Exemption could come too late, if it all
By Theresa Flaherty Managing Editor
Community pharmacists continue to lag behind other providers when it comes to getting accredited, and industry stakeholders wonder if a pair of bills that seek to exclude pharmacists from the requirement may be to blame.
“We still see a lot of pharmacies that are holding out because of the bills,” said Sandra Canally, president of The Compliance Team. “They are thinking something is going to happen with an exemption.”
The bills, H.R. 616 sponsored by Reps. Marion Berry, D-Ark., and Jerry Moran, R-Kan., and S. 511, sponsored by Sens. Jon Tester, D-Mont., and Sam Brownback, R-Kan., were introduced in January and March, respectively. They contend that pharmacists are licensed medical professionals that should be treated like other exempted health providers, including physicians, nurse practitioners, social workers and dieticians.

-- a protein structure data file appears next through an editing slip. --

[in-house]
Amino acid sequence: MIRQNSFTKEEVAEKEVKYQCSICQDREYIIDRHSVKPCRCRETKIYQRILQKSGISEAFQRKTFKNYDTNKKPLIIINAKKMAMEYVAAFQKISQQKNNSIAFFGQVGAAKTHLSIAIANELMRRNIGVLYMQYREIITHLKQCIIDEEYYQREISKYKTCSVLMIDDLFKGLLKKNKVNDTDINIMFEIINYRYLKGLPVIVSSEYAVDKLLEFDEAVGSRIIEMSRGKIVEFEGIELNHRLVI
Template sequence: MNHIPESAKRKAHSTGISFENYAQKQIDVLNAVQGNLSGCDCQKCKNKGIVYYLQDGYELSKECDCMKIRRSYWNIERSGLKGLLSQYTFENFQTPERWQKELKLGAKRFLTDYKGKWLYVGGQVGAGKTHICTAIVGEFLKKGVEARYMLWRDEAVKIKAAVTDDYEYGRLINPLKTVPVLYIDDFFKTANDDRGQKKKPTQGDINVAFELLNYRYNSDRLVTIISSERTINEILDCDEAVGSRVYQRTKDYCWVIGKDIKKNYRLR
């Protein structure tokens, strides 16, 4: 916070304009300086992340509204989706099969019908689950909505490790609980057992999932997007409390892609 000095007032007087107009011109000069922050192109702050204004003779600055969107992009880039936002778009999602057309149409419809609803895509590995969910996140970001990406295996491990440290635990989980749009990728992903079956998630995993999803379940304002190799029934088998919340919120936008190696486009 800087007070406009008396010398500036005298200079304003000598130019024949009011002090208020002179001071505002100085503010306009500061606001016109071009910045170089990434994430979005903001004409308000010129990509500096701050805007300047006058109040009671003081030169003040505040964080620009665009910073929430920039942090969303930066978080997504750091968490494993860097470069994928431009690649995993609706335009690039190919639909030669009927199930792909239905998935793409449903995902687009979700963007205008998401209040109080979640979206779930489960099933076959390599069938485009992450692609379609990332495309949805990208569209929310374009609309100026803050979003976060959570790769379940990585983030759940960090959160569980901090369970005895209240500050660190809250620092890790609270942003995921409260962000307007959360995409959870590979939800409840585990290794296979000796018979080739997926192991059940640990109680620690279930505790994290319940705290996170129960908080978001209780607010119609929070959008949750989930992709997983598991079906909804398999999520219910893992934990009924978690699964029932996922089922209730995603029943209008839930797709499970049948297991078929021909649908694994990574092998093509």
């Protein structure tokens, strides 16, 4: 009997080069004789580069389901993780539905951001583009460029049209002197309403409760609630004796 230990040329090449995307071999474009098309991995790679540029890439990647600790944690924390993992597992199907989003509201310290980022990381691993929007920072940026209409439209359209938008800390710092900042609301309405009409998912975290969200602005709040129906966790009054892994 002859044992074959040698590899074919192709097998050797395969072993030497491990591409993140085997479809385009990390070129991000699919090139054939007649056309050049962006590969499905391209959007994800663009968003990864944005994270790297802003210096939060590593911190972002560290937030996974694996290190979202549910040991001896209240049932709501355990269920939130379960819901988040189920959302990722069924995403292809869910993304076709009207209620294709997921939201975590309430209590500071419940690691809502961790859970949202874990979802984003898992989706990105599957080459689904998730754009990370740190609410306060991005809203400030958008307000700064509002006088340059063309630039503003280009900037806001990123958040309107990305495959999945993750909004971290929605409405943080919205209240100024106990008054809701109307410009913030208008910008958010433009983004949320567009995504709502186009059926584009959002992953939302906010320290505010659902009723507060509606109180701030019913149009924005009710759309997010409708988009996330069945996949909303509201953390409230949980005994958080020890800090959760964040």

The National Community Pharmacists Association (NCPA) supports both bills, but it has said that pharmacists should go ahead and get accredited anyway.
“We are working hard to build support in both legislative bodies to ensure pharmacists are exempted from this onerous, costly and redundant rule like other medical professionals,” said John Norton, public relations manager for NCPA. “However, we continue to tell our members that they must proceed as if the accreditation process will continue in its current framework.”
With the Sept. 30 deadline a little more than three months away, there could be some pharmacists left out in the cold. It is wise to allow six months to year or more for the process, even though surveys can be done in less time, recommends Bob Weir, a surveyor for HQAA.
“People get the policy and procedures manual and submit the paperwork and think they are ready to go,” he said. “I’ve gone to surveys where the manual is still in the shrinkwrap. They don’t understand there’s a whole process.”